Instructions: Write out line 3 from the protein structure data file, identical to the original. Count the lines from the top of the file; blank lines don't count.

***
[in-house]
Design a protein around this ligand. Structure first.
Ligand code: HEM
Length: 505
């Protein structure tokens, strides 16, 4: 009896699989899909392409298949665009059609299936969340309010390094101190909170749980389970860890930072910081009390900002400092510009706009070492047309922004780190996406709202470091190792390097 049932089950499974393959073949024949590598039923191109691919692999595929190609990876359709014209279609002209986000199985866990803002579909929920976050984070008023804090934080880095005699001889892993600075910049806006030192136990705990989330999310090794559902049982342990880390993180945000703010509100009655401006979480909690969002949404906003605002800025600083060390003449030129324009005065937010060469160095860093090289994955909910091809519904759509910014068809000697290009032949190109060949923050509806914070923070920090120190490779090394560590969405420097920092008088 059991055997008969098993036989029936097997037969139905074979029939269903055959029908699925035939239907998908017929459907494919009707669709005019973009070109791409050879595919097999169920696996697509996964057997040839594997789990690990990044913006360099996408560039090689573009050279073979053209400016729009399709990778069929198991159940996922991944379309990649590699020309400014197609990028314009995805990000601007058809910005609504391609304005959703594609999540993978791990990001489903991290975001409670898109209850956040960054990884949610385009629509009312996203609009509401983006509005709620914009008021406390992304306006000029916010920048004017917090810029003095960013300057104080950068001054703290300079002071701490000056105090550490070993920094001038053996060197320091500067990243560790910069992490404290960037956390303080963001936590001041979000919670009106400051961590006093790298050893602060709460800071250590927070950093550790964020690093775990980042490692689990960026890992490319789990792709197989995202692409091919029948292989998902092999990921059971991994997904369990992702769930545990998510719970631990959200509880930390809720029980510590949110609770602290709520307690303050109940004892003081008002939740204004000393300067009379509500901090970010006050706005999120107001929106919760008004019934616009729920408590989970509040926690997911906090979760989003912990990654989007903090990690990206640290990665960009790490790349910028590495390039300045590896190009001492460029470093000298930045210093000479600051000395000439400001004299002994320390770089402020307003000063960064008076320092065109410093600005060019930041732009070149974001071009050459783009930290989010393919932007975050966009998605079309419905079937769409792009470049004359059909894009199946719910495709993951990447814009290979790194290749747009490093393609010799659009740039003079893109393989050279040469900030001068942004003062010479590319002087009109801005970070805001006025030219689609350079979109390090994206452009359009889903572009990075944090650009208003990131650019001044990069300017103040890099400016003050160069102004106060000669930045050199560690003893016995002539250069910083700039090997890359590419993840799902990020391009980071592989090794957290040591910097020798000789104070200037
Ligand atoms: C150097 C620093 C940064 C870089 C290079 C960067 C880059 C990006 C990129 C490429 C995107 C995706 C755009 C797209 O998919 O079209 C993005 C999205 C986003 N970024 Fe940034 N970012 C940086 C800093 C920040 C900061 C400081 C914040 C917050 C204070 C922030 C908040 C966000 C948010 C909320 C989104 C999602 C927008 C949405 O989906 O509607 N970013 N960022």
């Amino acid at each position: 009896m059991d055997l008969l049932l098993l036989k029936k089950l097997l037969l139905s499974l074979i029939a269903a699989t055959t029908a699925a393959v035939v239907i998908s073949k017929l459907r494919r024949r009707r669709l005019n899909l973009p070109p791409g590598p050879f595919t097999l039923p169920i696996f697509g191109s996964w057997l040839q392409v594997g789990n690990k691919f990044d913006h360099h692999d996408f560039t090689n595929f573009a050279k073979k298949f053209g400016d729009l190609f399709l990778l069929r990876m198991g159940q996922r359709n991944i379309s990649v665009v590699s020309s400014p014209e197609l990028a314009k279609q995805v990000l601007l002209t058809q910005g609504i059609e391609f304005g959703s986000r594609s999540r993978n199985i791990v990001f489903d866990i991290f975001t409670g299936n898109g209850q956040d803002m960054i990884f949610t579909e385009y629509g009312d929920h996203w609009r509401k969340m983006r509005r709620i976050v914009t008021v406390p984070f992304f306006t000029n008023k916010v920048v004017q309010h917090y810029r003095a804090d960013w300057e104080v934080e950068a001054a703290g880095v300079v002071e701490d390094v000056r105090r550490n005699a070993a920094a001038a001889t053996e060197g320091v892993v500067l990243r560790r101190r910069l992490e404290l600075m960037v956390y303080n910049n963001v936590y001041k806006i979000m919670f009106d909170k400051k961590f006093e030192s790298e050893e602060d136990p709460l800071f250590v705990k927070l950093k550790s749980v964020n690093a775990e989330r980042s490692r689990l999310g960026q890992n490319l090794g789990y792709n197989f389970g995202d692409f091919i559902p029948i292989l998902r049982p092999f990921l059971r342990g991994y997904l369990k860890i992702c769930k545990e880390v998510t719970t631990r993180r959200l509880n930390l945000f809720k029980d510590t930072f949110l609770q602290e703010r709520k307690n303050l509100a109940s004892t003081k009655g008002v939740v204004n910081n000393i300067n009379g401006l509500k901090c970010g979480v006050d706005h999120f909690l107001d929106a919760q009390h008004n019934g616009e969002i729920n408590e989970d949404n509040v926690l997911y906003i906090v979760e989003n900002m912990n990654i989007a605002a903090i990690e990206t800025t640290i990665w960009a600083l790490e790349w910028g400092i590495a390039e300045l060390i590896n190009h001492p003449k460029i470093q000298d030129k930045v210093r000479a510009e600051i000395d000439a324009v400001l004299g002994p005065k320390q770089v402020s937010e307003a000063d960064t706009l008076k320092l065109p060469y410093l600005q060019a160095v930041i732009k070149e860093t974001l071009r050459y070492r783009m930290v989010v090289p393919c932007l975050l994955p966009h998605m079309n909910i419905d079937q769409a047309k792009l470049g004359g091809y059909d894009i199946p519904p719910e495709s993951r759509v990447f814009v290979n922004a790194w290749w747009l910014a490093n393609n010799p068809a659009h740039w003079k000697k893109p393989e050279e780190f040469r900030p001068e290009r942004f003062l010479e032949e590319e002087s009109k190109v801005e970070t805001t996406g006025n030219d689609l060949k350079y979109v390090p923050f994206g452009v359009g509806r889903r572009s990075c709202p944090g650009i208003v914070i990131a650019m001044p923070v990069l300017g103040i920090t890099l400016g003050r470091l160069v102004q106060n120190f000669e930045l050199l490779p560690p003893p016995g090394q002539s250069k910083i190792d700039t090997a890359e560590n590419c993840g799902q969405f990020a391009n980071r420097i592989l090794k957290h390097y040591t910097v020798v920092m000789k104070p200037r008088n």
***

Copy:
Ligand code: HEM